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The Truth about Google's Net 'Neutrality'

Google supports net neutrality when it comes to Internet Service Providers, staunchly insisting that ISPs should not be allowed to preference their own content. In an article concerning net neutrality, Eric Schmidt, Chairman and CEO of Google, argued that regulation is needed to prevent abuses of the availability of internet content by ISPs and “to combat incentives for carriers to pick winners and losers online.”

It would make sense for Google to adopt a similar stance towards its own actions. Instead Google straddles the fence, nodding in support of net neutrality and regulation for ISPs, while employing sneaky business strategies that preference its own content over anyone else’s.

According to Nielsen, of the 10.8 billion searches performed in the U.S. in August of 2009, 67.7% are performed using Google Powered Search. Yahoo Search combined with Microsoft and Bing Search, which soon will be part of the same entity, accounted for 26.6% of the market share. This means that two companies will control more than 94% of the searches in the country. Hence, two companies will control, through algorithms or other strategies, the content that most users visit.

There is very little difference between this and the small number of high-speed internet providers. Based on their neighborhood, most people only have a couple of choices when it comes to high-speed internet access. Certainly there are hundreds of dial-up services and there are also hundreds of “other” search engines. Nevertheless, most people literally only use two search engines, and thus these lucky two have extraordinary influence over what people find when they search.

While Google claims to be against ISPs picking online winners and losers, by giving preferential treatment to certain content, it doesn’t seem to find anything wrong with giving preferential treatment to its own content. The same applies for search results on Yahoo, or Bing; these often lead to affiliate sites or products of these companies. Big search engines preference content that benefits them. Some of this is clearly labeled as advertisements, but more often these results, like stock quotes, maps, music, or comparative shopping, show up at the top of the “unbiased” section.

One easy way to find an example of this preferencing occurs when people look up individual stocks. The very first return, listed in the regular section, is Google’s stock pages. It’s important to note that what seems like a simple unbiased return is completely slanted towards promoting other Google services.

google-stocks

This trend continues when people conduct a search for music. When people type in an artist’s name or song, the first “unbiased” result is from Google Music. It would be hard to see these examples as coincidences, since they clearly benefit Google. Rather they’re an example of a company with extraordinary power exploiting self-promotion at an unfair cost to other competitors.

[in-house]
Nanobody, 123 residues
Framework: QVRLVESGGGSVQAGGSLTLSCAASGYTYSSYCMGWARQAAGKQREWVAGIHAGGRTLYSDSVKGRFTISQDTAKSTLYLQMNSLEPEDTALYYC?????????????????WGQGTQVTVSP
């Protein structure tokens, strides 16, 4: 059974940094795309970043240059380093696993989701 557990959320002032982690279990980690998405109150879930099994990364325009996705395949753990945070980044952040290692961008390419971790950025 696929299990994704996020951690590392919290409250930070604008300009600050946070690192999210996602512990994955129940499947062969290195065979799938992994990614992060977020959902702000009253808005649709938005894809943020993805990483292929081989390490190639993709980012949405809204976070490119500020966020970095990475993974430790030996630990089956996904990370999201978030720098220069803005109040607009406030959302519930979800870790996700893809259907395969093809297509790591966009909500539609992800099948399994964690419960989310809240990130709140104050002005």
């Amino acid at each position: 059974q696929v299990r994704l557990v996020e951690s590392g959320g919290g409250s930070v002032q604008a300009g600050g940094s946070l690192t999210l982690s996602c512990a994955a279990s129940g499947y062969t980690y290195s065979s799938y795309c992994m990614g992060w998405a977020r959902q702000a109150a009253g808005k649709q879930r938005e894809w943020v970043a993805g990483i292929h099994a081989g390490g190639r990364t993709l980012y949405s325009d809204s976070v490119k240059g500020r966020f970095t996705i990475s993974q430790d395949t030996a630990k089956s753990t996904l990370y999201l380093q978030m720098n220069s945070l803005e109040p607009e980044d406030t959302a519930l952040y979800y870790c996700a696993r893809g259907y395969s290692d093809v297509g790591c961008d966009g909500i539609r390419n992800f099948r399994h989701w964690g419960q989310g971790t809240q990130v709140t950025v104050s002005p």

google-music

The popularity of the search engine combined with the likelihood of people clicking the first search result, means that Google can effectively steer online traffic to biased content and most people do not even realize their searches are controlled by this monopolistic tendency.

Even within the advertising section, Google has created an unfair advantage relative to other advertisers. A search for a mortgage quote on Google returns an advertisement at the top of the page for a Google Compare Mortgage Rates tool. Unlike an ad nearby for LendingTree, Google adds a handy, clickable button for immediate rate comparison.

google-ads

This extra feature may make Google’s ad much more attractive, and since it’s also the first thing on the page, creates another unfair advantage for Google services.

Google or affiliated services are not always listed as advertisements and we have all been trained to expect that search results and ads are somehow different from each other. Google has the tendency not only to run first place ads but to also promote products of any of its companies, by giving them top return status.

Were these clearly marked as advertisements of the search engine, users could then determine whether or not to use Google products or services. Instead many returns look like legitimate first returns or best sites. This way, Google attains net supremacy, by driving users to its own sites, but keeping biases subtle enough to escape notice.

If net neutrality laws are to succeed then, they may need to focus on major search engines in addition to studying actions of ISPs. Such laws must examine ways in which search engines facilitate preferential treatment based on financial interest, and in doing so, really make it impossible for all sites to have a fair chance on the internet. Google’s position concerning net neutrality is conveniently only applicable to ISPs and certainly does not reflect the company’s overall philosophy concerning neutrality. What the company opposes for Comcast, creation of an internet environment preferential to service providers, it is already subtly doing through gross self-promotion on its search engine. This internet giant picks winners every time, and it’s surprising how often the winner is Google.

It’s valid to compare Google to Microsoft and the many accusations leveled against the latter for violating antitrust laws. With 67% of the share of internet searches, Google has significant control over the internet and it abuses its power by not only giving greater visibility to its own content, but also by acting in ways that aren’t always noticed by users. If Congress and the FCC are serious about net neutrality, it is time to apply the same principles to both search engines and ISPs.

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